Under one week of age (umbilical cord still attached), will require 9 feeding's. These should be scheduled every two hours, starting at 6 a.m. and the last one at 10 p.m. Quantity should be around 1cc. or 1/4 teaspoon.

Age 2-3 weeks, feed 5 times a day, start at 1 1/2 cc of formula and increase to 3 cc

Age 4-5 weeks, feed 4 times a day, start at 3 1/2 cc of formula and increase to 5 cc

Age 6-7 weeks, feed 4 times a day, start at 6 cc of formula and increase to 9 cc

Age 8 weeks, feed 10 to 14 cc twice a day. Begin weaning onto small pieces of solid food.

After feeding, you must make sure the infant can and will relief itself. To stimulate this process use a dampened Q-tip and gentle rub it across the genitals. It is not necessary that you get results each time, but the pattern should be established early.

This is very important . . .
Never feed a cold squirrel!

If the squirrels body temperature is not between 98 and 102 degrees F. wrap the animal in a warmed towel and repeat this step until the body temperature is in the normal range.

It is also important to keep the baby squirrel warm at all times, using a baby blanket or other suitable cloth to form a coil for the babies to sleep in. Then place it in a box. Keep this box in a warm part of your home. If the box is placed directly over the heat source, such as a heating pad, never allow it to exceed 100 degrees F. Heat only one half of the box's floor area. Also, never allow direct light to shine on the baby. As the babies eyes are very sensitive at this early stage.

For the squirrel's protection, house pets should be kept away. Baby squirrels may even become accustomed to pets, which would be dangerous when released to the wild.

It is much easier to care for and protect the baby squirrel if it is kept in a cage, box or other container. It should be at least two feet by two feet and at least twelve inches high to start. Putting shredded newspaper in the bottom, will help with the inevitable clean up.  An old tee shirt slightly coiled makes a nice bed.  Never use a material that unravels, such as a towel.

As the baby squirrel grows, there will come a time when it will refuse the formula mixture. Ideally, you should wean your squirrel on a commercial dry mix. Purina makes Lab Chow, which has all the nutrients your squirrel will need. If this is unavailable, you should start with small slices of apple or pear. Seeds are also important, sunflower seeds "in the shell" should be part of the diet. A source of clean fresh water is essential for both drinking and grooming.

At this stage the squirrel will be teething, you should provide a hardwood branch for it to chew on. And it would be advisable to keep it contained in a large cage or you will risk damage to your home and furnishings. You should also provide an eight by eight by twelve inch high nesting box with a three-inch entry hole, if you haven't already. It does not need to be fancy. It can even be a cardboard box, although wood is best. Give your squirrel small twigs, straw or bits of cloth so it can try to build a nest. This box is an important part of the squirrel's life. It needs to have a place where it can hide as well as sleep.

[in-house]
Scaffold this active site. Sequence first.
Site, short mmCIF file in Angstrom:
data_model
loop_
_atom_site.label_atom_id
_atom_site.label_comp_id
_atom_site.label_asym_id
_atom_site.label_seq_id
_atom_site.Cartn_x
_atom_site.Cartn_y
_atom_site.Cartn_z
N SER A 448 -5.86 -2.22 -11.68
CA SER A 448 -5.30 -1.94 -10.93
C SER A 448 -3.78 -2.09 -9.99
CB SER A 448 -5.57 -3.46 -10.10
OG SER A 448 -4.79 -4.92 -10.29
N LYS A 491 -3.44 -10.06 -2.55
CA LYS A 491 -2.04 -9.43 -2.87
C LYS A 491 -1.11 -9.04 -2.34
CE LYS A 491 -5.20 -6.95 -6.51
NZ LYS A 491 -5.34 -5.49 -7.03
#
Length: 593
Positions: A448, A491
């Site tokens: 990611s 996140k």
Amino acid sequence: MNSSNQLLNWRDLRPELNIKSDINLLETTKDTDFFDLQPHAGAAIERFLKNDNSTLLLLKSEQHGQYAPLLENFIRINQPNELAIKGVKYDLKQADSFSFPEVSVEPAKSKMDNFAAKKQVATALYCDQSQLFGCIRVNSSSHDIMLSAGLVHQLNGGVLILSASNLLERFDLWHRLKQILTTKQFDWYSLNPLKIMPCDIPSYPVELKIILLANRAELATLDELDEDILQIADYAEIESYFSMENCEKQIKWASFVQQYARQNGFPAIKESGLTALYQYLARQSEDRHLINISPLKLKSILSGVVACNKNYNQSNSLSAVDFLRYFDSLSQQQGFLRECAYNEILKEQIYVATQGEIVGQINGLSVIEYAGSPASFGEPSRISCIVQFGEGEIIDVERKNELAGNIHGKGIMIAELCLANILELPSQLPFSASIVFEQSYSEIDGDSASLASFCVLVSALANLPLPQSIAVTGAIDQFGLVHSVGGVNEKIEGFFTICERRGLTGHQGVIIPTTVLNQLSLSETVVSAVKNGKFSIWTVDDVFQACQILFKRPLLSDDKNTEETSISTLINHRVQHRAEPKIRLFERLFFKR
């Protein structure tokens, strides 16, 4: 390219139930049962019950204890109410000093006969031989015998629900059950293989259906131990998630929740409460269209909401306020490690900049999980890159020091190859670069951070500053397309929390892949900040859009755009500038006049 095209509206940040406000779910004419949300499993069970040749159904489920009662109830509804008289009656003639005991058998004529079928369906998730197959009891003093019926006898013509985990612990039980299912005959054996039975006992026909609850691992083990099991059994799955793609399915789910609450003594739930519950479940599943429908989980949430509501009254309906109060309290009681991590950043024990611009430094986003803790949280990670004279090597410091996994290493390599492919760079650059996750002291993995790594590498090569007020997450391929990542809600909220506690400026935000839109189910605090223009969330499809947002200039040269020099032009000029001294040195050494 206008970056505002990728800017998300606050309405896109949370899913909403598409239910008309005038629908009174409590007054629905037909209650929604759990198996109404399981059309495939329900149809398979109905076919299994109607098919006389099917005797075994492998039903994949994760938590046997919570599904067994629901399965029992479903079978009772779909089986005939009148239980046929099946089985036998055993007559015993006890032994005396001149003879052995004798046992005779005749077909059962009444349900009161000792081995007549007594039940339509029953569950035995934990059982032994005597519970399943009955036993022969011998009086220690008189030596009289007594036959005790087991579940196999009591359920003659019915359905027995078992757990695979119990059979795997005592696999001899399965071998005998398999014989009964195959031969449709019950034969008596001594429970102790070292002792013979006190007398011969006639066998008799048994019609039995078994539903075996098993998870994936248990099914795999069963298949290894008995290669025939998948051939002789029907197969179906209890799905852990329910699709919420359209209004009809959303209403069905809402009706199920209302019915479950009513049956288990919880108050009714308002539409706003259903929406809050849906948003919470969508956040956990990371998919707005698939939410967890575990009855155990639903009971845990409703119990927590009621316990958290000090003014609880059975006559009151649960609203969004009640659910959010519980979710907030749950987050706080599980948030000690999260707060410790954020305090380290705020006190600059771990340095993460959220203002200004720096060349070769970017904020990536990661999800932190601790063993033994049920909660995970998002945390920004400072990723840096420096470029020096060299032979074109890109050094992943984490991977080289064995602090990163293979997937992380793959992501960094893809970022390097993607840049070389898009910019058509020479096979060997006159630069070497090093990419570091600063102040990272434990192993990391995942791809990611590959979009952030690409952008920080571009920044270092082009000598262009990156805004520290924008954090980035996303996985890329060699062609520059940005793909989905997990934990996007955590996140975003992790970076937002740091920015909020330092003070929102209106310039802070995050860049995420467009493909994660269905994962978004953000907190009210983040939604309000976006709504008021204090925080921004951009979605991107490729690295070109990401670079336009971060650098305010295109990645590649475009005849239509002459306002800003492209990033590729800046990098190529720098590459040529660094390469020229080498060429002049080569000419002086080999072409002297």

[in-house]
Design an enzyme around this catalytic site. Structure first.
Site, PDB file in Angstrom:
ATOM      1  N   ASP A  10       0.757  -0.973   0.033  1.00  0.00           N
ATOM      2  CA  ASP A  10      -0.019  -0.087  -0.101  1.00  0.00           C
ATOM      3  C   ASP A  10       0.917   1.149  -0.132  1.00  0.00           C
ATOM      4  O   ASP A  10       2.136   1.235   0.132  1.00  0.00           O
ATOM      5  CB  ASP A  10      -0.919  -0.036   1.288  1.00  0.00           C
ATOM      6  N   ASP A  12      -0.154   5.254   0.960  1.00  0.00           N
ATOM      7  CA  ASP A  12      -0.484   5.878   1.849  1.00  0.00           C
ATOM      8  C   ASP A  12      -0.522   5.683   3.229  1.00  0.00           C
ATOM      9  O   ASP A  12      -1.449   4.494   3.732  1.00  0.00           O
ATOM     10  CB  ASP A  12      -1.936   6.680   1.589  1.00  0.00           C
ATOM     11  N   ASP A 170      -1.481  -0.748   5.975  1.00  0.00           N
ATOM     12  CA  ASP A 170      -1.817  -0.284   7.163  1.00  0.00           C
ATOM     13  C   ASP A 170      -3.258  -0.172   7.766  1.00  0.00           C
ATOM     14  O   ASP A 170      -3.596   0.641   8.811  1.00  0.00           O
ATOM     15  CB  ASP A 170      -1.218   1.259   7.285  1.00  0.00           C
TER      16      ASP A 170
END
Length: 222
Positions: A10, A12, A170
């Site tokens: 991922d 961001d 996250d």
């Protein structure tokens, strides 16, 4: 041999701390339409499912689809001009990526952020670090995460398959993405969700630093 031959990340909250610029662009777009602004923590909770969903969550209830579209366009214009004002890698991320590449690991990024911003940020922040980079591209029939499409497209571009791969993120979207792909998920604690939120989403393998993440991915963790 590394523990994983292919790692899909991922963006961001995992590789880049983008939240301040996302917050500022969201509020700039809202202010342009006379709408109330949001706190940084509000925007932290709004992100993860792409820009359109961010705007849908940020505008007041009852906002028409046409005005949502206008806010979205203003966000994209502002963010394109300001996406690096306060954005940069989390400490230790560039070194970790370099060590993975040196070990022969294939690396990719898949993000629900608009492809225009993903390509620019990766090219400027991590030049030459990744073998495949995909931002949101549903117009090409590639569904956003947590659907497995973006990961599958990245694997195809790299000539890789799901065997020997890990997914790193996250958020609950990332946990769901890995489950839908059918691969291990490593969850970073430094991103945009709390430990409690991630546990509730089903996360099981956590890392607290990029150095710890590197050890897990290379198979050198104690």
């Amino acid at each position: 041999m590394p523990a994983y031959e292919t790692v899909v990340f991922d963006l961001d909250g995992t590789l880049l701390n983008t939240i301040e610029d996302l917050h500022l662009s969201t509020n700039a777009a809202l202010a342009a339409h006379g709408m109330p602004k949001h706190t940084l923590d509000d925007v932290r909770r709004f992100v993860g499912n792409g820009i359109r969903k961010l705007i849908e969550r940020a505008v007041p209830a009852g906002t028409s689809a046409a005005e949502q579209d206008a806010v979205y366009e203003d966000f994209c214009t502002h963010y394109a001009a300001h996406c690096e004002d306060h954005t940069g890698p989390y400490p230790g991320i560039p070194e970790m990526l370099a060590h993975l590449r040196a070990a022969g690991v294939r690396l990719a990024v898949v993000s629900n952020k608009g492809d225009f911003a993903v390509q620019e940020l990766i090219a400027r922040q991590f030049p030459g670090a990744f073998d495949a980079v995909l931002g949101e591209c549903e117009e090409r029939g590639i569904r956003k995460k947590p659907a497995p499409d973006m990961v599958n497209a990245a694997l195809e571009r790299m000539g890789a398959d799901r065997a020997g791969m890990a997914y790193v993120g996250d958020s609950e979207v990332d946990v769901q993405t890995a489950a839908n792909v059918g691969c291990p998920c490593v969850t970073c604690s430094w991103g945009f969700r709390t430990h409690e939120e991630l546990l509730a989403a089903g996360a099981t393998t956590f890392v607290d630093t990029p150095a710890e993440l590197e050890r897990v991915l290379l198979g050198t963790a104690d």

Now would be the time to consider releasing your squirrel back to the wild. This will be the hardest part of its life and yours. And the usual response from children is "Why can't we keep it as a pet?" In the United States, a permit is required to keep a wild animal. While this might sound funny to some, a squirrel is a "wild" animal. And as a wild animal its behavior can be unpredictable. The only safe way to keep a squirrel in captivity is in a cage or another suitable enclosure. This will not be an easy, or pleasant task, since the squirrel cannot stand being confined.

If you have raised the squirrel carefully, keeping contact to a minimum, then the transition to the wild will not be difficult. Even if human contact has been great, release is still an option, it simply requires more time and thought.

How to tell the approximate age of an infant Gray squirrel;

Pink with no fur, umbilical cord attached is under one week old.
Body hair emerges at ten to twenty one days.
Lower incisors cut at nineteen to twenty one days.
Upper incisors cut at thirty to forty two days.
Eyes begin to open at twenty eight to thirty days.
Ears open, at twenty eight to thirty five days.
Out of the nest for the first time at thirty to forty six days.
Out of the nest alone at fifty four to fifty eight days.
Foraging for food at forty five to fifty one days.
Social skills practice at sixty days.
Can live independently at sixty eight to eighty four days.

Please remember these times are only approximate, for squirrels living in the wild.

You may want to read the story of Oz.   An orphaned grey squirrel raised in the United Kingdom, by Theda Kane.